Tax foreclosures in Detroit are the lowest they've been in almost 10 years. City officials say it's all thanks to an initiative that helps people stay in their homes.
This program doesn't just help homeowners but also renters.
Denise Tanks has lived on Detroit's West Side her whole life.
"I do want to be a homeowner, I just didn't think it would happen this soon," she said.
Earlier this year she rented out a home for her and her two kids.
"It was nice and spacious on the inside as well. My daughter loved it. We just fell in love with it."
Four months later, she received letters that said her landlord is facing a tax foreclosure. She knew she had rights as a tenant, but she didn't know she could actually purchase the home.
It wasn't until neighborhood groups went door-to-door telling her and others about a city program.
She's now becoming the home's owner, thanks to the Interest Rate Reduction program that helps people get on payment plans to help stay in their homes.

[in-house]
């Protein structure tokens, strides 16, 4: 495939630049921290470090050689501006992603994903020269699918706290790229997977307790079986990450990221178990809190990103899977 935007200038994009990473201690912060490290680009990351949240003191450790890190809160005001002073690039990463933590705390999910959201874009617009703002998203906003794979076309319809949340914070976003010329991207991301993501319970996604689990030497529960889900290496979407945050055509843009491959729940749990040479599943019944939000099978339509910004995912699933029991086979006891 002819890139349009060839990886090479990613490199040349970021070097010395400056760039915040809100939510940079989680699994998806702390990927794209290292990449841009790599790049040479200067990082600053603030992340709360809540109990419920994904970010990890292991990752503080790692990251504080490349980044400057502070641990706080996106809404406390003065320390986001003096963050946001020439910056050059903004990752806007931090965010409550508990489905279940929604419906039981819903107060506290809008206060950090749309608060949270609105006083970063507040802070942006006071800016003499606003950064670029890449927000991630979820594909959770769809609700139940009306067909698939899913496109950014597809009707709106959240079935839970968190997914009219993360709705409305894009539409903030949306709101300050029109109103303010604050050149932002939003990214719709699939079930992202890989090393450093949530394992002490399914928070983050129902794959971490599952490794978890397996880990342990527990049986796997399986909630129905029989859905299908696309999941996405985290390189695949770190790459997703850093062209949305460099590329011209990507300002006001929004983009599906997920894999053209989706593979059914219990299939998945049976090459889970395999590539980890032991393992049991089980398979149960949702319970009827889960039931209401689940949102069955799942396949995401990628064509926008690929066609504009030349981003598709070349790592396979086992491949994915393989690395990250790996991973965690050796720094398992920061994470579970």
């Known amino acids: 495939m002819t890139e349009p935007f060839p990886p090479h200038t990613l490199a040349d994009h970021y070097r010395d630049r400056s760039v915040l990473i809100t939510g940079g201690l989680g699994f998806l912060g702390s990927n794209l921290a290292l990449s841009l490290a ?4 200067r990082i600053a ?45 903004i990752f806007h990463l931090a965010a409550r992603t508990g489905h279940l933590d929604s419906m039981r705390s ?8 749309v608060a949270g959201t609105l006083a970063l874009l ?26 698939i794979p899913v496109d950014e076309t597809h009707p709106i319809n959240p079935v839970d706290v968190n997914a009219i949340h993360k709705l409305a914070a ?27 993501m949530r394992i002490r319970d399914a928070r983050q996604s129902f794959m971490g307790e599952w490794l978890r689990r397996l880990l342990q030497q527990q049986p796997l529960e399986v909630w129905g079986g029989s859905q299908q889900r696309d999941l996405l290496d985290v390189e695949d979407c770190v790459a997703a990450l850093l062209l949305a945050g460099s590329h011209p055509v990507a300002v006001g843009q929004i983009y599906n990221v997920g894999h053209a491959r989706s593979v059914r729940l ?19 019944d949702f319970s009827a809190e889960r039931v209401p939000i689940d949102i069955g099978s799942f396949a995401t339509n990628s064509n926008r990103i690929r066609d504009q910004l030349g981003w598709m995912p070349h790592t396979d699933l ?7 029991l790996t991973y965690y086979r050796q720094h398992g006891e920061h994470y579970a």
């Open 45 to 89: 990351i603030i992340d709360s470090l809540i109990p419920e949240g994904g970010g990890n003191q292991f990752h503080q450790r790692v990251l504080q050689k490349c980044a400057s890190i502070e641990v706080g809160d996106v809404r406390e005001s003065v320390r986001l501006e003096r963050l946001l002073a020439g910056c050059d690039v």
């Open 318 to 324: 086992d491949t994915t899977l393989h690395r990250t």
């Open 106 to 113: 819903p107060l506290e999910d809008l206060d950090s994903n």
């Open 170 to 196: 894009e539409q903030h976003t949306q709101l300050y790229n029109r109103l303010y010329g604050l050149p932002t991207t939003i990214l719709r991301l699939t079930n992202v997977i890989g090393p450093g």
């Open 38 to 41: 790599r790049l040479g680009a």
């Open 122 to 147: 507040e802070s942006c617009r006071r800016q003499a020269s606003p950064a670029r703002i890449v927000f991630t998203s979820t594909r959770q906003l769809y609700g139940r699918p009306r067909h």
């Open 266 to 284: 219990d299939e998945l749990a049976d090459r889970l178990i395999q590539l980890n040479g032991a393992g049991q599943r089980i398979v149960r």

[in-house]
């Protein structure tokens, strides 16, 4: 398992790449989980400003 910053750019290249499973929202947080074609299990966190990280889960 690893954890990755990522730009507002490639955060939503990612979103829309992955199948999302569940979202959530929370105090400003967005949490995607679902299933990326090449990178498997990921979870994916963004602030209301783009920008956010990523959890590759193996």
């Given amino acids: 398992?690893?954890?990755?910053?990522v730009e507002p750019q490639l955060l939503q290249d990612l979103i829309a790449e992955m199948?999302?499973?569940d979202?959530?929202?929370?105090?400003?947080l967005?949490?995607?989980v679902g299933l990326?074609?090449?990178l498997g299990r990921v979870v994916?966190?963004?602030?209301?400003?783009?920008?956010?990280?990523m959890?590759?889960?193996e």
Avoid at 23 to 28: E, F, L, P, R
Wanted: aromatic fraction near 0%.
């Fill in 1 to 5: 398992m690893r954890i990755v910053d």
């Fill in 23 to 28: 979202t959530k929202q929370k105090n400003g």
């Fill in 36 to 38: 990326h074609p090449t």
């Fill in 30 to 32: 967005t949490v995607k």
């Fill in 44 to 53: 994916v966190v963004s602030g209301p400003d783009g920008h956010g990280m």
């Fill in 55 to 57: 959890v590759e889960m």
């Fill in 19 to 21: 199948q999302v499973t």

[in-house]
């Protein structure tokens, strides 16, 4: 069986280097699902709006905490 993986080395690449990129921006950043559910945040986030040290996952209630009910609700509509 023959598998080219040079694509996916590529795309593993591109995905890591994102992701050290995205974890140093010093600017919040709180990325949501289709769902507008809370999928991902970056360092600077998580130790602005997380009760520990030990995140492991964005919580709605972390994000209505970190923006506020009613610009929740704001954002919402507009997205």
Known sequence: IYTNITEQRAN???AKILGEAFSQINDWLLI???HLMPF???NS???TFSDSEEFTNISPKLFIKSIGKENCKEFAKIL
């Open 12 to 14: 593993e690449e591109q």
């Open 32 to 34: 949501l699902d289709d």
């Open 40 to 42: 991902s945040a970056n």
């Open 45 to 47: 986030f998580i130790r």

"We can't stabilize neighborhoods if we keep moving people out," said Mayor Mike Duggan.
He tells us more than 700 owner occupants had foreclosed this year. That's down 70% compared to 2015.
"This is a great case with the city, the County, the community groups all came together and are keeping people in their homes and next year our goal is: we are going to get it down even further," he said.
Denise is only a few weeks away from owning this home and now she is advocate trying to spread the word.
She added, "Just motivates me to get a lot of people involved because it would save so many homes and so many lives with it."